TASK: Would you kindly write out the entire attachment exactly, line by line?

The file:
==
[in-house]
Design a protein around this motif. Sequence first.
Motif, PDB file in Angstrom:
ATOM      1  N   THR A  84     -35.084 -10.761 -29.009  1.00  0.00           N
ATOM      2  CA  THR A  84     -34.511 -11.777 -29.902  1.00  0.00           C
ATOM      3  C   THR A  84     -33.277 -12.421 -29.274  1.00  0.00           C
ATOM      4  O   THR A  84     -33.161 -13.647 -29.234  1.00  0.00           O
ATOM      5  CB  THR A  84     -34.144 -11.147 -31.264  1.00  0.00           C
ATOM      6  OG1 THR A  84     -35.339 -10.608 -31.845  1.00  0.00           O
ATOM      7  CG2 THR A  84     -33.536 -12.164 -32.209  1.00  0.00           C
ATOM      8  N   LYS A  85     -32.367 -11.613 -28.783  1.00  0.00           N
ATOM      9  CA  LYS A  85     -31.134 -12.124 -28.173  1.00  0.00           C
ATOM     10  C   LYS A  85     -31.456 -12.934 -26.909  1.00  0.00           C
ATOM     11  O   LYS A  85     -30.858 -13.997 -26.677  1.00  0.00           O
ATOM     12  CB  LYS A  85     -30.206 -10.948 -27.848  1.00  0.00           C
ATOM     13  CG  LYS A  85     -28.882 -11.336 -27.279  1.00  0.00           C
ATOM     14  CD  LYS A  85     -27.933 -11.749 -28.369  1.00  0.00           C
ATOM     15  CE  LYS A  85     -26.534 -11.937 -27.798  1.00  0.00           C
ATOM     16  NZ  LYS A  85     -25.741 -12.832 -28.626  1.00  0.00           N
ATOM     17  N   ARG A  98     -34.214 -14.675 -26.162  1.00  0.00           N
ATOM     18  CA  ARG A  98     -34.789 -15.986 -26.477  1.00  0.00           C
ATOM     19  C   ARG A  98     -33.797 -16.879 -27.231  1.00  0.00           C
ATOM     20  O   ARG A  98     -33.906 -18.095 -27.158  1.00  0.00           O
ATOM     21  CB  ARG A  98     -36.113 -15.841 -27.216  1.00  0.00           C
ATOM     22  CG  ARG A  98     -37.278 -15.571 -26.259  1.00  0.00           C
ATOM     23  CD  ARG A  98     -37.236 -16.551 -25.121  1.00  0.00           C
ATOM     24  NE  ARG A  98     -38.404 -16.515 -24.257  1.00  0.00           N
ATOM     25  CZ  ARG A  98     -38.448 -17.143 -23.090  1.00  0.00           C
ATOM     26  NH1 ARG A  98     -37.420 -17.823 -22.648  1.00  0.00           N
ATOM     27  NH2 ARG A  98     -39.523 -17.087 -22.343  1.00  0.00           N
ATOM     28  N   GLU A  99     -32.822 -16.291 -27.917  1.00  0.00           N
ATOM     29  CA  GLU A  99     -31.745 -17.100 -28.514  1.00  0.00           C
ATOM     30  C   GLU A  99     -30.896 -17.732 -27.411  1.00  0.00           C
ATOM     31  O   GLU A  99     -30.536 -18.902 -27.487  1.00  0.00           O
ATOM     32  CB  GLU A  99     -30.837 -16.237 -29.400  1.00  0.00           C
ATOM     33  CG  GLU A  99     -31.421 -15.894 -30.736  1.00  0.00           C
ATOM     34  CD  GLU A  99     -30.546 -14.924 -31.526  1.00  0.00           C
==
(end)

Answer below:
[in-house]
Design a protein around this motif. Sequence first.
Motif, PDB file in Angstrom:
ATOM      1  N   THR A  84     -35.084 -10.761 -29.009  1.00  0.00           N
ATOM      2  CA  THR A  84     -34.511 -11.777 -29.902  1.00  0.00           C
ATOM      3  C   THR A  84     -33.277 -12.421 -29.274  1.00  0.00           C
ATOM      4  O   THR A  84     -33.161 -13.647 -29.234  1.00  0.00           O
ATOM      5  CB  THR A  84     -34.144 -11.147 -31.264  1.00  0.00           C
ATOM      6  OG1 THR A  84     -35.339 -10.608 -31.845  1.00  0.00           O
ATOM      7  CG2 THR A  84     -33.536 -12.164 -32.209  1.00  0.00           C
ATOM      8  N   LYS A  85     -32.367 -11.613 -28.783  1.00  0.00           N
ATOM      9  CA  LYS A  85     -31.134 -12.124 -28.173  1.00  0.00           C
ATOM     10  C   LYS A  85     -31.456 -12.934 -26.909  1.00  0.00           C
ATOM     11  O   LYS A  85     -30.858 -13.997 -26.677  1.00  0.00           O
ATOM     12  CB  LYS A  85     -30.206 -10.948 -27.848  1.00  0.00           C
ATOM     13  CG  LYS A  85     -28.882 -11.336 -27.279  1.00  0.00           C
ATOM     14  CD  LYS A  85     -27.933 -11.749 -28.369  1.00  0.00           C
ATOM     15  CE  LYS A  85     -26.534 -11.937 -27.798  1.00  0.00           C
ATOM     16  NZ  LYS A  85     -25.741 -12.832 -28.626  1.00  0.00           N
ATOM     17  N   ARG A  98     -34.214 -14.675 -26.162  1.00  0.00           N
ATOM     18  CA  ARG A  98     -34.789 -15.986 -26.477  1.00  0.00           C
ATOM     19  C   ARG A  98     -33.797 -16.879 -27.231  1.00  0.00           C
ATOM     20  O   ARG A  98     -33.906 -18.095 -27.158  1.00  0.00           O
ATOM     21  CB  ARG A  98     -36.113 -15.841 -27.216  1.00  0.00           C
ATOM     22  CG  ARG A  98     -37.278 -15.571 -26.259  1.00  0.00           C
ATOM     23  CD  ARG A  98     -37.236 -16.551 -25.121  1.00  0.00           C
ATOM     24  NE  ARG A  98     -38.404 -16.515 -24.257  1.00  0.00           N
ATOM     25  CZ  ARG A  98     -38.448 -17.143 -23.090  1.00  0.00           C
ATOM     26  NH1 ARG A  98     -37.420 -17.823 -22.648  1.00  0.00           N
ATOM     27  NH2 ARG A  98     -39.523 -17.087 -22.343  1.00  0.00           N
ATOM     28  N   GLU A  99     -32.822 -16.291 -27.917  1.00  0.00           N
ATOM     29  CA  GLU A  99     -31.745 -17.100 -28.514  1.00  0.00           C
ATOM     30  C   GLU A  99     -30.896 -17.732 -27.411  1.00  0.00           C
ATOM     31  O   GLU A  99     -30.536 -18.902 -27.487  1.00  0.00           O
ATOM     32  CB  GLU A  99     -30.837 -16.237 -29.400  1.00  0.00           C
ATOM     33  CG  GLU A  99     -31.421 -15.894 -30.736  1.00  0.00           C
ATOM     34  CD  GLU A  99     -30.546 -14.924 -31.526  1.00  0.00           C